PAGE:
Labour and the Economy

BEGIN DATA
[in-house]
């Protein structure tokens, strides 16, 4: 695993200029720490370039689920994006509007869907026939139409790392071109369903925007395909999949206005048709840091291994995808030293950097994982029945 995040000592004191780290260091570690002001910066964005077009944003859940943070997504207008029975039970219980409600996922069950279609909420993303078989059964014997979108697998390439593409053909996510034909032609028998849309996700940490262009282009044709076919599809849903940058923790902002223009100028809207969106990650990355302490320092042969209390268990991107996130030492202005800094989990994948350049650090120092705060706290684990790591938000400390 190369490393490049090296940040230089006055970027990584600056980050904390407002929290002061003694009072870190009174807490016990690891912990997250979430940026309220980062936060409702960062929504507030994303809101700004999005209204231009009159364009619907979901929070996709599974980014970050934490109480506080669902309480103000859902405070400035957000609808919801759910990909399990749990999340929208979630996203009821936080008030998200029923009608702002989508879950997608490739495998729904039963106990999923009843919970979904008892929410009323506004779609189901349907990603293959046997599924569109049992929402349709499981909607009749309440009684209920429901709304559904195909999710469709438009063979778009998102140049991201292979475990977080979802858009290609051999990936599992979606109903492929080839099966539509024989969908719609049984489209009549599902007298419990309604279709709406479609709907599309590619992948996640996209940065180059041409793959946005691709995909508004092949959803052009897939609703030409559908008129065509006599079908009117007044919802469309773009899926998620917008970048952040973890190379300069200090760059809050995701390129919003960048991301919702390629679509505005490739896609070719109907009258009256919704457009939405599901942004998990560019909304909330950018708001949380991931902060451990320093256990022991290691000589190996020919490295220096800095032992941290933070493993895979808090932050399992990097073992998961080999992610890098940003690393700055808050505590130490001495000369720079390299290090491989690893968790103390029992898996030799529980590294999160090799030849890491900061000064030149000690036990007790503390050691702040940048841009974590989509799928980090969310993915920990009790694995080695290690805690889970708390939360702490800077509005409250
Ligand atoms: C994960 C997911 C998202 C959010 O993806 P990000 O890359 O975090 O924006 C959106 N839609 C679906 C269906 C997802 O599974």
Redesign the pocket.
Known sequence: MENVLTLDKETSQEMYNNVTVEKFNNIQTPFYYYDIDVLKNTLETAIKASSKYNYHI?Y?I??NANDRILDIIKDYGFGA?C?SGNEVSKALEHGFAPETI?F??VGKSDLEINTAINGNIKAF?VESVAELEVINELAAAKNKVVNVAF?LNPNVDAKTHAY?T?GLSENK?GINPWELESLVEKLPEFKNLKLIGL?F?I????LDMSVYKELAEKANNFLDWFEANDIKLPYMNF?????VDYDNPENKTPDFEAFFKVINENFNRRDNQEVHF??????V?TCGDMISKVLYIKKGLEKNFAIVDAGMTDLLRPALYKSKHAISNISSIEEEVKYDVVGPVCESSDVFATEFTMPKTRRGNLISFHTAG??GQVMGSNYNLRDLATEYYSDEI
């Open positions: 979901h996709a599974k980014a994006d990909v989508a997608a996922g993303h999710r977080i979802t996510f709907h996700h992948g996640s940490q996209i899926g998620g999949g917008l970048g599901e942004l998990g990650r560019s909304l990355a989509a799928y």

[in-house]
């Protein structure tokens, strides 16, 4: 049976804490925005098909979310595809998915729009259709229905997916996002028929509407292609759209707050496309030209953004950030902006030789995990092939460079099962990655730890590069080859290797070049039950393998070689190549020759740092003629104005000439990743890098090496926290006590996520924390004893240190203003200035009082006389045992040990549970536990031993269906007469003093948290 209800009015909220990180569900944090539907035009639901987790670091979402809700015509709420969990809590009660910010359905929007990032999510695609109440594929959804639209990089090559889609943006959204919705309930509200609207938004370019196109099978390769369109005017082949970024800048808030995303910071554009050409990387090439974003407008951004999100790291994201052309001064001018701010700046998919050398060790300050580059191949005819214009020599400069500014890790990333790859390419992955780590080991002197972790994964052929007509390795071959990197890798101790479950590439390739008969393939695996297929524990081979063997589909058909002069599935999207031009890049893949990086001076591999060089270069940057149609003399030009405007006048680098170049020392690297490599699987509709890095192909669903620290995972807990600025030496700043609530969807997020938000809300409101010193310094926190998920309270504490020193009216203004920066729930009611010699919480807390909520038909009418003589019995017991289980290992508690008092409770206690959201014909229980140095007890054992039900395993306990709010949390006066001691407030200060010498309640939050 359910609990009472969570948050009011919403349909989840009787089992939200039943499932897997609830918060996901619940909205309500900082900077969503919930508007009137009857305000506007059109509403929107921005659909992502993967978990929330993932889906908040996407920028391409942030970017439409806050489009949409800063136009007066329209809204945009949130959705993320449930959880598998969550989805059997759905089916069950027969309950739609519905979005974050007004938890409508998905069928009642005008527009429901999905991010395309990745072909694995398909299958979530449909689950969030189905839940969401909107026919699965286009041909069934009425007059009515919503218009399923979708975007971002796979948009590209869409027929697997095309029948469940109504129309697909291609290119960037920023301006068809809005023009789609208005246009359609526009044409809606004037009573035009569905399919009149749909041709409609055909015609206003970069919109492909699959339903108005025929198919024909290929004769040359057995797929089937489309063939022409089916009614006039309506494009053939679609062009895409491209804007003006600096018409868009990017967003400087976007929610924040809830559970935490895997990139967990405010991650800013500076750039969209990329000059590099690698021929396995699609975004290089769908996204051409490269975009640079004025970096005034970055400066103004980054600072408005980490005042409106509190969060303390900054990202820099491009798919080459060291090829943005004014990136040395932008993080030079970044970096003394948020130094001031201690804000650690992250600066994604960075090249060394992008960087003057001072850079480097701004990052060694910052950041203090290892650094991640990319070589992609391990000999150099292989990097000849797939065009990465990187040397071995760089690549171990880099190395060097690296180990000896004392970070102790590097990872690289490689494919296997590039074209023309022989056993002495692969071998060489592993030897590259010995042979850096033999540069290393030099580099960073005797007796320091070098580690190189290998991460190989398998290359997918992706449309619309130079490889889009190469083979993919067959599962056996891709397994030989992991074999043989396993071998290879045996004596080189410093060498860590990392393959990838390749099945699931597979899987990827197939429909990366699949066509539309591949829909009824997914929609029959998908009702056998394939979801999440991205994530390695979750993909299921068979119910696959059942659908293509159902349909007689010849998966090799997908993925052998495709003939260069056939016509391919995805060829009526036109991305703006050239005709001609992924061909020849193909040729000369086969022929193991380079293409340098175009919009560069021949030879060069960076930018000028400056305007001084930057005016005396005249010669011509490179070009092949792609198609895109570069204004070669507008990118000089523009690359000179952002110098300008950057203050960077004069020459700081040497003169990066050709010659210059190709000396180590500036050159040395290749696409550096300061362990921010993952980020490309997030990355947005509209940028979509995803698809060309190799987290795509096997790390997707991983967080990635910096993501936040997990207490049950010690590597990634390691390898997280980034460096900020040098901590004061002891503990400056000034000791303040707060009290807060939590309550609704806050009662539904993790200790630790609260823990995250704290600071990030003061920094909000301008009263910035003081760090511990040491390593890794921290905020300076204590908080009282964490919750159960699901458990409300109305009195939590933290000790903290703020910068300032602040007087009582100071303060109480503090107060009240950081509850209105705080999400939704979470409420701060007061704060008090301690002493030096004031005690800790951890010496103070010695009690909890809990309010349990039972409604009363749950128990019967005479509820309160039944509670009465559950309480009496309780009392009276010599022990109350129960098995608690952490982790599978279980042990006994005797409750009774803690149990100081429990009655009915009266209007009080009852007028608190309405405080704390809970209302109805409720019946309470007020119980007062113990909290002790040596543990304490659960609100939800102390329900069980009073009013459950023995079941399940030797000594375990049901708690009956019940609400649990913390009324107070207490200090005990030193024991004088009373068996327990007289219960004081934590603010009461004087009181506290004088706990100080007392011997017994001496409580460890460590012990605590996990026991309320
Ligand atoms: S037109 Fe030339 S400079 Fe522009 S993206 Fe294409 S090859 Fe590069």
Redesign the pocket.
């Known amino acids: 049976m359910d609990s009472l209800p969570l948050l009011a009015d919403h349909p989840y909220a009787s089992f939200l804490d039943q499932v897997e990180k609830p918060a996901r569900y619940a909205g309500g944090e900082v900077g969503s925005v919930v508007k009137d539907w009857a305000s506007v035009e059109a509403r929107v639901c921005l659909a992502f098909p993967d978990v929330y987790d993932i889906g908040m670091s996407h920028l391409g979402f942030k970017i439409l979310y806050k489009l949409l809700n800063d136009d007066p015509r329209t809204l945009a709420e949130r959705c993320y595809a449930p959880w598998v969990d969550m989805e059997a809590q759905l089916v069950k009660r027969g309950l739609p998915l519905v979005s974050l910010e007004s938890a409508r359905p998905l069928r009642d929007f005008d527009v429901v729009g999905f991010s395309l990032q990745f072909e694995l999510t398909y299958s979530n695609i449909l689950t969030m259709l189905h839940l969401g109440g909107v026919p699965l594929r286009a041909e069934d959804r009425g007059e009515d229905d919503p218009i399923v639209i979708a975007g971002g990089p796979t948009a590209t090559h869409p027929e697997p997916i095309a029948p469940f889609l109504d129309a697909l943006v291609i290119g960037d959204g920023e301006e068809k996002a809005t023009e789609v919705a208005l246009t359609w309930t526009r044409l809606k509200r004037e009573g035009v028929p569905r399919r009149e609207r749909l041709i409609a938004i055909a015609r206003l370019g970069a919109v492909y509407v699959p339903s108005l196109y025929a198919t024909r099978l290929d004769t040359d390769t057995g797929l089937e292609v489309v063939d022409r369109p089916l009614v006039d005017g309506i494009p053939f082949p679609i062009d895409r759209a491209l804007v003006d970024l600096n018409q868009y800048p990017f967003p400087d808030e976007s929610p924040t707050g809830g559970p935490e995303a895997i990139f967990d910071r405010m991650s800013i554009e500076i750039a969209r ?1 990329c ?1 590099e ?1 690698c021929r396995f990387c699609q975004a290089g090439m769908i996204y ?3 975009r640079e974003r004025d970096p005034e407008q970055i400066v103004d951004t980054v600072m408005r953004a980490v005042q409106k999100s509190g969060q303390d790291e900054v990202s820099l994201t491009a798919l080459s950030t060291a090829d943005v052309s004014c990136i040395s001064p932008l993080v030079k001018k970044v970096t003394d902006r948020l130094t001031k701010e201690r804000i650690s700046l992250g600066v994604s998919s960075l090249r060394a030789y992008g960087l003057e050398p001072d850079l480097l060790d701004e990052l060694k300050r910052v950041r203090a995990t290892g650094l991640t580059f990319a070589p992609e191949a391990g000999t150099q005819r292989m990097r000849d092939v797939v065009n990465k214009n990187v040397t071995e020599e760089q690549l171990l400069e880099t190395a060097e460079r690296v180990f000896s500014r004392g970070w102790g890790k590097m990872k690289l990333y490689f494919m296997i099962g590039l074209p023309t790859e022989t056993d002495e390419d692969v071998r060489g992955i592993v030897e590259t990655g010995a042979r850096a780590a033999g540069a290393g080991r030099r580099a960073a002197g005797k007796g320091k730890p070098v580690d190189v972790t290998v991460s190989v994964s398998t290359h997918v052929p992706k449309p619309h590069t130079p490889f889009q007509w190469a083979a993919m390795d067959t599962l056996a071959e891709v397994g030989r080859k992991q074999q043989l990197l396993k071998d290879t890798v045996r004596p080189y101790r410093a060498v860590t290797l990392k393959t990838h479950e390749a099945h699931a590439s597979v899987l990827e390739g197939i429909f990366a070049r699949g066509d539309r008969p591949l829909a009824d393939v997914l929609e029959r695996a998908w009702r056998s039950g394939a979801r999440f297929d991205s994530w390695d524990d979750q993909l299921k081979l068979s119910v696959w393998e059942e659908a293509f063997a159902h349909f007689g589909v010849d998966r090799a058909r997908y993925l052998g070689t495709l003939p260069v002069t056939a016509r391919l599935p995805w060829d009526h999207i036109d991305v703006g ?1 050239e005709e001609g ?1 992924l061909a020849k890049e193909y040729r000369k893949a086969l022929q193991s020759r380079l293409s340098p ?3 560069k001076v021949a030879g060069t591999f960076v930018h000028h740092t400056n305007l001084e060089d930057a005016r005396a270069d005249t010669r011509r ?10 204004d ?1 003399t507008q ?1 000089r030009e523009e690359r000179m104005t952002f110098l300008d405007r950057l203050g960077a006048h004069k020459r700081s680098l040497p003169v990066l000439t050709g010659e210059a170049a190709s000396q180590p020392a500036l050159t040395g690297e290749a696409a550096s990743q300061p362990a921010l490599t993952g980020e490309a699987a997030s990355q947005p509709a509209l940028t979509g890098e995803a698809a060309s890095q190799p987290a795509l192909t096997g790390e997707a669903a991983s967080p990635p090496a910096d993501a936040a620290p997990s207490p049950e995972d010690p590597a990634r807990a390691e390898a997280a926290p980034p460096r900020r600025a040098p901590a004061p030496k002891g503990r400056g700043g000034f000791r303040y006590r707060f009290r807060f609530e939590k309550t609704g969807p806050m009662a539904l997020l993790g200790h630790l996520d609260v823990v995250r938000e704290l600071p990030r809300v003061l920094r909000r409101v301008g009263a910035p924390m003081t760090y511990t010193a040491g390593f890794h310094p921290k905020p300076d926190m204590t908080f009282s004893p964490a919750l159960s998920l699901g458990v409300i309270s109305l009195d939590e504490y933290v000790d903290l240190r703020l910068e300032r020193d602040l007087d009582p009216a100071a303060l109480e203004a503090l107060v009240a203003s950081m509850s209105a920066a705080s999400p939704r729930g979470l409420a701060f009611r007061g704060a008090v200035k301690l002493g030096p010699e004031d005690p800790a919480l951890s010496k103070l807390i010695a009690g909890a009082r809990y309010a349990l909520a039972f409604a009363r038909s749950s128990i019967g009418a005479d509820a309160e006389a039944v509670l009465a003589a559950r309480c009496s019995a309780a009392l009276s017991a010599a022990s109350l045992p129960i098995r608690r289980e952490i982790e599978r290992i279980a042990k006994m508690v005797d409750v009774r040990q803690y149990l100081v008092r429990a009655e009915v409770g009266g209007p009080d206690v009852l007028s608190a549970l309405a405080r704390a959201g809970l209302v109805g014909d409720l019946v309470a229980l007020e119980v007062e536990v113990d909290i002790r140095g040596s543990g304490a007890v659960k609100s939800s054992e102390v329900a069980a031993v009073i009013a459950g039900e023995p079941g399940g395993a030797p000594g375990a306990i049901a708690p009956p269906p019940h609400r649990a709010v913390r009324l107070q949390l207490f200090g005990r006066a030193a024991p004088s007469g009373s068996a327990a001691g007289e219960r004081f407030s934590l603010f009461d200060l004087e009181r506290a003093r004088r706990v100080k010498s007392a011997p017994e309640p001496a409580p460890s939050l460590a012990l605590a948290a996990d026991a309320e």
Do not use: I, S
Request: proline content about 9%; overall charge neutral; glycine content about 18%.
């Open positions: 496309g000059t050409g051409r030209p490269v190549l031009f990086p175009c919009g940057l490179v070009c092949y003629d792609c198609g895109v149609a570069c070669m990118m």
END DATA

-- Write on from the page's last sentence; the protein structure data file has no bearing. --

Britain’s survival in the Second World War was bought at such an enormous cost that the new government faced an economic crisis in 1945. Economic and financial worries not only absorbed much of the energy of ministers but threatened their whole programme of reform. It is sometimes said that Labour’s welfare plans, based on a universal insurance scheme, were self-financing, involving merely a redistribution of wealth within British society. But this is not wholly true. Family allowances, for instance, were to be paid as a universal right, regardless of insurance contributions, and similarly old age pensions were to be paid in full immediately, against Beveridge’s advice. Furthermore, a National Health Service was to be financed primarily from taxation and nationalisation proposals would involve the compensation of previous owners. Intractable economic realities might therefore prevent Labour from constructing even the foundations of the New Jerusalem.